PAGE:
A call was put out on Twitter and lots of people, myself included, responded. BrewEdIsolation was born. Organizing a BrewEd in a pub takes a bit of work, you have to find a venue, work out the costs, find some speakers and then advertise your event. The running order, the obligatory quiz, the prizes, the admin side of things all take a bit of time and effort. Organizing an online version takes a mind-blowing amount of skill, ICT knowledge and ingenuity. Thanks to the genius and skill of Graham Andre’ with some amazing support from Ed Finch, Colin Grimes and Mark Anderson amongst others, they made it work brilliantly.
Just like any other event, there will be bumps in the road. The call was made for speakers and people responded, but when the running order was announced it became apparent that the range of speakers involved could be more diverse. Thanks to Pran Patel for pointing this out. It’s so important that a range of voices are heard and once the lack of diversity was raised, Graham and the team worked hard to rectify this. The line up for the event was varied and interesting, and the beauty of a BrewEd online is that we can all go back and revisit the presentations, so if something was of particular interest, or family life got in the way for a few minutes, the whole day is still available here https://www.pscp.tv/w/1OwxWQdRvRwGQ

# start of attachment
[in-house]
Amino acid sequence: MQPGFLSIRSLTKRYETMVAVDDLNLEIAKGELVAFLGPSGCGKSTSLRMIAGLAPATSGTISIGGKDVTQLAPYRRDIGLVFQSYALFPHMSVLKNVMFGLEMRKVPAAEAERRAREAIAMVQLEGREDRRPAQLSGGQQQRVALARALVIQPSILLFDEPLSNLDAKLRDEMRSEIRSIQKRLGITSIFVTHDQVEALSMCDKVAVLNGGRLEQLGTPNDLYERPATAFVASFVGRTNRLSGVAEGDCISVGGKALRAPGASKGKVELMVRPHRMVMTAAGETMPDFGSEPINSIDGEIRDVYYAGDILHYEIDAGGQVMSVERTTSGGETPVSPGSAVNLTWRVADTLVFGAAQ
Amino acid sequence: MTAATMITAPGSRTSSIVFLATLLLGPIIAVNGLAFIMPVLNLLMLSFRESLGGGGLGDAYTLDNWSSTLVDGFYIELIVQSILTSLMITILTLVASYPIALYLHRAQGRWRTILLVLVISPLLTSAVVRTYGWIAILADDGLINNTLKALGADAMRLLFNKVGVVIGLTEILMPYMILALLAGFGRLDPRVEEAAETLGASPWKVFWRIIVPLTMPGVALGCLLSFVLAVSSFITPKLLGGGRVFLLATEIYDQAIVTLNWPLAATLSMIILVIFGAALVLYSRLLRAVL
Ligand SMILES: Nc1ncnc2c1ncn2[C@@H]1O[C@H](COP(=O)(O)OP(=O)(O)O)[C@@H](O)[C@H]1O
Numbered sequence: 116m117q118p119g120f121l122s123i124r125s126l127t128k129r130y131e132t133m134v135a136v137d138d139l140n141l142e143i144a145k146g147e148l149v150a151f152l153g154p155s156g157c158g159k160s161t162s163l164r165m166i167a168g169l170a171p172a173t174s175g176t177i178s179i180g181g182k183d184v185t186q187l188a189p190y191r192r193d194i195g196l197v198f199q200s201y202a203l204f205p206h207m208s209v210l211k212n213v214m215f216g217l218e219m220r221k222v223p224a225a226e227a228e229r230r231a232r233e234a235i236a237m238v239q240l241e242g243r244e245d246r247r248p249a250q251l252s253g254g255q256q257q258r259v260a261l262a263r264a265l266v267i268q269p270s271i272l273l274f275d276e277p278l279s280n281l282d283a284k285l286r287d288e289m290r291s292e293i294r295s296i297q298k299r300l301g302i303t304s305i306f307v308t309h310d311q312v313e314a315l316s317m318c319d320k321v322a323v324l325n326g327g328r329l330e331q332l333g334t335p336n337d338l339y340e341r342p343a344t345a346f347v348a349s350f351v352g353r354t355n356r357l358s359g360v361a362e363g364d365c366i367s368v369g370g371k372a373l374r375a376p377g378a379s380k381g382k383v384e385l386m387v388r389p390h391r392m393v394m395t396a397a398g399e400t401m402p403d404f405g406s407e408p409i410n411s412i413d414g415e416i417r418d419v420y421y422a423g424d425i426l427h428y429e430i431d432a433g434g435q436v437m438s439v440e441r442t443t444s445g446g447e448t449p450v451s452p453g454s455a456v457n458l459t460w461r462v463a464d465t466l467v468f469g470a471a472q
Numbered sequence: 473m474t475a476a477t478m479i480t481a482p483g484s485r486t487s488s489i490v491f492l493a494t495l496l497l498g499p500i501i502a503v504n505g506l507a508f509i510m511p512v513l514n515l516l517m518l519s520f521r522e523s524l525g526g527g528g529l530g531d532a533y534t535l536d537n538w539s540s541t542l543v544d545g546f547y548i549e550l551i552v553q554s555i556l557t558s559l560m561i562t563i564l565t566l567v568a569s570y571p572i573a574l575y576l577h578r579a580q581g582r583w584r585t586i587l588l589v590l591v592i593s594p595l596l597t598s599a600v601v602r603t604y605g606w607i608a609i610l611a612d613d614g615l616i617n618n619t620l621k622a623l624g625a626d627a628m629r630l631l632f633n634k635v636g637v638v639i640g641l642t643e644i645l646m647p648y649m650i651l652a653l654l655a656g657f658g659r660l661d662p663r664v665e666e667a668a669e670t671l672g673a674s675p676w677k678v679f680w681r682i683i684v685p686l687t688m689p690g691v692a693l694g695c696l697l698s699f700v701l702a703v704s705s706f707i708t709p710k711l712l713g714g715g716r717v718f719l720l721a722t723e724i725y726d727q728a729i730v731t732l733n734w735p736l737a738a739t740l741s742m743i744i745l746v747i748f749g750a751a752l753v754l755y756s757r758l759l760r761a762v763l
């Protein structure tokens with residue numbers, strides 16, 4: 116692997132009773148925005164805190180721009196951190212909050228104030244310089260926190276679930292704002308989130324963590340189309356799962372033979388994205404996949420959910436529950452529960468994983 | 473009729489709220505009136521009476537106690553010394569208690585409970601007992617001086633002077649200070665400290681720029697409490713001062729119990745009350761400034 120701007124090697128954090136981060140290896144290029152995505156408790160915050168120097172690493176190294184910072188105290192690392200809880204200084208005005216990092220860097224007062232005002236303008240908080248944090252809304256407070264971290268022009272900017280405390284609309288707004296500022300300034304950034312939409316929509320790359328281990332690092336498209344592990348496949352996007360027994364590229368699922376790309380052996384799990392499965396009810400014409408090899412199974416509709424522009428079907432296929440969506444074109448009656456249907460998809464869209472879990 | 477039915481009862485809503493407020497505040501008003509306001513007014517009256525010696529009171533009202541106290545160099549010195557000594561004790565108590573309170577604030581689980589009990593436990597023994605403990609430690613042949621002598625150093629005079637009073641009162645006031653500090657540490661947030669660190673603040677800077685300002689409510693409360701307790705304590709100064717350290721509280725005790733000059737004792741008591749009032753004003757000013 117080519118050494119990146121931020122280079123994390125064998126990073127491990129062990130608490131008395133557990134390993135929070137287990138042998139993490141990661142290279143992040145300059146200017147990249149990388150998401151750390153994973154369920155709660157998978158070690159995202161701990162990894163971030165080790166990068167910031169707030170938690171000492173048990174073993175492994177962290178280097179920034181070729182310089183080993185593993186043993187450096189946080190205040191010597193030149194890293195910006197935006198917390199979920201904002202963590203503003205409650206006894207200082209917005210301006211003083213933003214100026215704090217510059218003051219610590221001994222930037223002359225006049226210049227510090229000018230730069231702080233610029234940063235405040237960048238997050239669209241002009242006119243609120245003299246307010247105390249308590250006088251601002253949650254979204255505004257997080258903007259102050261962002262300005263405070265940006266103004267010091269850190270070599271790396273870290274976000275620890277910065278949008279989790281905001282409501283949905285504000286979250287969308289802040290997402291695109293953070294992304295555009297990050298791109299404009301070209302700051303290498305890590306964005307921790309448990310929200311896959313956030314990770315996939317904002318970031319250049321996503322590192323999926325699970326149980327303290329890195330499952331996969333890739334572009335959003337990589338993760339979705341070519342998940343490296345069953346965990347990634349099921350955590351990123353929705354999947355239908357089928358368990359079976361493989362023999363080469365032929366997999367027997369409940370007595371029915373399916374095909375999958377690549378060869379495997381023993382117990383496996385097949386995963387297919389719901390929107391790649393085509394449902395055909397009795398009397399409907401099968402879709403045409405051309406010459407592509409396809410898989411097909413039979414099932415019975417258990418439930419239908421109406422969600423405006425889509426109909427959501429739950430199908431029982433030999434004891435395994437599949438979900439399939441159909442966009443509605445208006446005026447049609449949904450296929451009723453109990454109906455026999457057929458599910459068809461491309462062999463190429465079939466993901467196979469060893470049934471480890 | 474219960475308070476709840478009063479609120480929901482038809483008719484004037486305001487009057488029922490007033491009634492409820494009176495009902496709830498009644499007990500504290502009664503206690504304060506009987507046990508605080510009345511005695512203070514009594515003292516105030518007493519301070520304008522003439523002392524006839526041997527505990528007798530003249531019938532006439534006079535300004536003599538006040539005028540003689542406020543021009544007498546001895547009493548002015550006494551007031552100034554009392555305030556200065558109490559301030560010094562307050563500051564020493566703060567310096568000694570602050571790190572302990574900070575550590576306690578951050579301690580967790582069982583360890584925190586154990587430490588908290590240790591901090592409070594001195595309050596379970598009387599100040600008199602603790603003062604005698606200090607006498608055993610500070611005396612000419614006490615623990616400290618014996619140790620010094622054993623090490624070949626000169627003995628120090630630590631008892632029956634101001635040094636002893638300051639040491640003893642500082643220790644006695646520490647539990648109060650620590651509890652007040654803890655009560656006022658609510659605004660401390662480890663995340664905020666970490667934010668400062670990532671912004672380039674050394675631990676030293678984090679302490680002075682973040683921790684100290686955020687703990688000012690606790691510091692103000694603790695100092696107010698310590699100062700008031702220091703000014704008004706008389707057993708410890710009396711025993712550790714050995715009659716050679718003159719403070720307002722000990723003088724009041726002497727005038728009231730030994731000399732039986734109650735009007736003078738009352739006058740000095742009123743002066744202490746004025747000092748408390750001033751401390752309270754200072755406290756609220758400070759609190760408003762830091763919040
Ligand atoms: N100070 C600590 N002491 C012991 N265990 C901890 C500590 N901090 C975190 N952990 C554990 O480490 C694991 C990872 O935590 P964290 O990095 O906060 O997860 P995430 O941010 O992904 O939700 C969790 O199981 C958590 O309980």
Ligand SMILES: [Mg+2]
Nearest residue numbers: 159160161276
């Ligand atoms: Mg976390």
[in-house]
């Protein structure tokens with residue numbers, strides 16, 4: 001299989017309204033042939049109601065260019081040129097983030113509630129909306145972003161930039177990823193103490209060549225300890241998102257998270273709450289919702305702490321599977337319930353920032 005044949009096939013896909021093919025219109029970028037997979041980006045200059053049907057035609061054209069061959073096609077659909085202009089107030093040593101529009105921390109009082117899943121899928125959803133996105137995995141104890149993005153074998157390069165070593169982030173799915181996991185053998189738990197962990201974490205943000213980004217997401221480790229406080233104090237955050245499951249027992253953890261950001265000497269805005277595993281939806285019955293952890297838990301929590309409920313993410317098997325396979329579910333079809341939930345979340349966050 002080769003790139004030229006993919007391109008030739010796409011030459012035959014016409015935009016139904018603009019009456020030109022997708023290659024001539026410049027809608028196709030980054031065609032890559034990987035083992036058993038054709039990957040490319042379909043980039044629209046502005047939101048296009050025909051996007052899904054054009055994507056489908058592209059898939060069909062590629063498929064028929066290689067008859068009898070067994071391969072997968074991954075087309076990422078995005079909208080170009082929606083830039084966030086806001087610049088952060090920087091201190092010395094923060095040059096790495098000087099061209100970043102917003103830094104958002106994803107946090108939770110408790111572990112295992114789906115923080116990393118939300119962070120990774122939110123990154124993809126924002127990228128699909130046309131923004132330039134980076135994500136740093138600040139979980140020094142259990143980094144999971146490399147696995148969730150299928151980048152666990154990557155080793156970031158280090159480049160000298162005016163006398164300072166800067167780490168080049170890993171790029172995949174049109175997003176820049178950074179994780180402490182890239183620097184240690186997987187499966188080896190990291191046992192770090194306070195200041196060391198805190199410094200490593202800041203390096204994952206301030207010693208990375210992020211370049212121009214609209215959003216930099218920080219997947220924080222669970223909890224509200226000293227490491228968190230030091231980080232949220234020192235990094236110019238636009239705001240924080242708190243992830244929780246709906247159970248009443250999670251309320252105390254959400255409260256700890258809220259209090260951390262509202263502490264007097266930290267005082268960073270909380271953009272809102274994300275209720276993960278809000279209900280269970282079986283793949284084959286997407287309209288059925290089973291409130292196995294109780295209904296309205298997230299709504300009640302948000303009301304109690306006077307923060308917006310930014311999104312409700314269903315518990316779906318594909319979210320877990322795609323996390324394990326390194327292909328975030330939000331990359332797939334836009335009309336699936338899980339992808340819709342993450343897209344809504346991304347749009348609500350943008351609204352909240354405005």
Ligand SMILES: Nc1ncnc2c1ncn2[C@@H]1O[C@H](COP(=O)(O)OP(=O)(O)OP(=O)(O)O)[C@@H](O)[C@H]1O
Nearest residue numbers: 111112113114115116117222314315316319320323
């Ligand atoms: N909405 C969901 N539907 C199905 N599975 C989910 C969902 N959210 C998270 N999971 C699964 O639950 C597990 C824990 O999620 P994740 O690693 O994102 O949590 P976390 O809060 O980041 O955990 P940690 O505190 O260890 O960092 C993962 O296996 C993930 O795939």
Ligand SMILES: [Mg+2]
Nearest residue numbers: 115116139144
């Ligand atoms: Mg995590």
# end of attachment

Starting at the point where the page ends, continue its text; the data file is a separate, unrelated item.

What you will find here is an incredible resource; teachers and educators working in HE, FE, secondary, primary, EY, poets, artists, mathematicians, musicians, IT whizzes, teachers, leaders, lecturers and consultants. I know I am going to go back during the week and look at some of the things I missed, and to revisit some of the presentations to further my thinking.
You’ll also find a good deal of silliness. I’m not sure what my neighbours thought of Graham’s pub singing during the quiz as I was listening out in the garden!
If you missed it, or missed parts of it, why not revisit it this week? Thanks to Gaz Needle you can find the exact timing of the presentation you’d like to see, using this document.